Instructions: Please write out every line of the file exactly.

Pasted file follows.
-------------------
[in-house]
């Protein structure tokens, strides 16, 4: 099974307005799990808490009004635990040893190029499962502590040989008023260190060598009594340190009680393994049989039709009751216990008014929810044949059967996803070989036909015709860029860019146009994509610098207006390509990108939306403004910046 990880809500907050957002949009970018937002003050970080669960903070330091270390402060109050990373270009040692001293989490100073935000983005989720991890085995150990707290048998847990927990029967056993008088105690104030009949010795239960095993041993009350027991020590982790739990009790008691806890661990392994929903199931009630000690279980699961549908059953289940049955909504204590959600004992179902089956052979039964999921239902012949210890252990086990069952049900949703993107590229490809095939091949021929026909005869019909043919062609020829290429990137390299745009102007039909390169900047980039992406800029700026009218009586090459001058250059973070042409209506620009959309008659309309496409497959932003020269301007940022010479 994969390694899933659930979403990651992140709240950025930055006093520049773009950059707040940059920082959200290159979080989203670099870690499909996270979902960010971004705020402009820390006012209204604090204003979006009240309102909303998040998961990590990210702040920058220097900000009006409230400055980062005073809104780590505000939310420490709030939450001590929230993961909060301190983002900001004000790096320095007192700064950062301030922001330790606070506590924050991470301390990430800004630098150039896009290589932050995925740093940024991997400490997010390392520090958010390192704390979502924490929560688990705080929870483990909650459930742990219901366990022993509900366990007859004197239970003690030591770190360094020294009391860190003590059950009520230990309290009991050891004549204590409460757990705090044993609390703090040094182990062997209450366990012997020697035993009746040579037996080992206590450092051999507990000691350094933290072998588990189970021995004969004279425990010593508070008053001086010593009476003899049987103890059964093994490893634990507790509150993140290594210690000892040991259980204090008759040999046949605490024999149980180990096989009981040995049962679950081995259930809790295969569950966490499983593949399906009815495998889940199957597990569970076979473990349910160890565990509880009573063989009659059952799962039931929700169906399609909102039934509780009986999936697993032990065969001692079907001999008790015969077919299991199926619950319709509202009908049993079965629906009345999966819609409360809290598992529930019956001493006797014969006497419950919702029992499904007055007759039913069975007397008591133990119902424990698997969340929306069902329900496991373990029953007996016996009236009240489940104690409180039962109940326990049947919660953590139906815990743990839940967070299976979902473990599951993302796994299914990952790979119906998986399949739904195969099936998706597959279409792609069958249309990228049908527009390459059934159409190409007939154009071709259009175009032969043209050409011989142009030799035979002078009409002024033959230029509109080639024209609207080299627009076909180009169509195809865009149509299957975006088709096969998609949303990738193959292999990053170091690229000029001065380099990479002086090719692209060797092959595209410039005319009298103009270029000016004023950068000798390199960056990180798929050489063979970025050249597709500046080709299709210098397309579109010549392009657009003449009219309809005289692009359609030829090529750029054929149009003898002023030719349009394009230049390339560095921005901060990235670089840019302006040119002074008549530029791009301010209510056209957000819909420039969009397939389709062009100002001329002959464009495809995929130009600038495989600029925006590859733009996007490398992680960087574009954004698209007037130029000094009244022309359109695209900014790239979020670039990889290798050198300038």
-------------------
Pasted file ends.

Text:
[in-house]
């Protein structure tokens, strides 16, 4: 099974307005799990808490009004635990040893190029499962502590040989008023260190060598009594340190009680393994049989039709009751216990008014929810044949059967996803070989036909015709860029860019146009994509610098207006390509990108939306403004910046 990880809500907050957002949009970018937002003050970080669960903070330091270390402060109050990373270009040692001293989490100073935000983005989720991890085995150990707290048998847990927990029967056993008088105690104030009949010795239960095993041993009350027991020590982790739990009790008691806890661990392994929903199931009630000690279980699961549908059953289940049955909504204590959600004992179902089956052979039964999921239902012949210890252990086990069952049900949703993107590229490809095939091949021929026909005869019909043919062609020829290429990137390299745009102007039909390169900047980039992406800029700026009218009586090459001058250059973070042409209506620009959309008659309309496409497959932003020269301007940022010479 994969390694899933659930979403990651992140709240950025930055006093520049773009950059707040940059920082959200290159979080989203670099870690499909996270979902960010971004705020402009820390006012209204604090204003979006009240309102909303998040998961990590990210702040920058220097900000009006409230400055980062005073809104780590505000939310420490709030939450001590929230993961909060301190983002900001004000790096320095007192700064950062301030922001330790606070506590924050991470301390990430800004630098150039896009290589932050995925740093940024991997400490997010390392520090958010390192704390979502924490929560688990705080929870483990909650459930742990219901366990022993509900366990007859004197239970003690030591770190360094020294009391860190003590059950009520230990309290009991050891004549204590409460757990705090044993609390703090040094182990062997209450366990012997020697035993009746040579037996080992206590450092051999507990000691350094933290072998588990189970021995004969004279425990010593508070008053001086010593009476003899049987103890059964093994490893634990507790509150993140290594210690000892040991259980204090008759040999046949605490024999149980180990096989009981040995049962679950081995259930809790295969569950966490499983593949399906009815495998889940199957597990569970076979473990349910160890565990509880009573063989009659059952799962039931929700169906399609909102039934509780009986999936697993032990065969001692079907001999008790015969077919299991199926619950319709509202009908049993079965629906009345999966819609409360809290598992529930019956001493006797014969006497419950919702029992499904007055007759039913069975007397008591133990119902424990698997969340929306069902329900496991373990029953007996016996009236009240489940104690409180039962109940326990049947919660953590139906815990743990839940967070299976979902473990599951993302796994299914990952790979119906998986399949739904195969099936998706597959279409792609069958249309990228049908527009390459059934159409190409007939154009071709259009175009032969043209050409011989142009030799035979002078009409002024033959230029509109080639024209609207080299627009076909180009169509195809865009149509299957975006088709096969998609949303990738193959292999990053170091690229000029001065380099990479002086090719692209060797092959595209410039005319009298103009270029000016004023950068000798390199960056990180798929050489063979970025050249597709500046080709299709210098397309579109010549392009657009003449009219309809005289692009359609030829090529750029054929149009003898002023030719349009394009230049390339560095921005901060990235670089840019302006040119002074008549530029791009301010209510056209957000819909420039969009397939389709062009100002001329002959464009495809995929130009600038495989600029925006590859733009996007490398992680960087574009954004698209007037130029000094009244022309359109695209900014790239979020670039990889290798050198300038």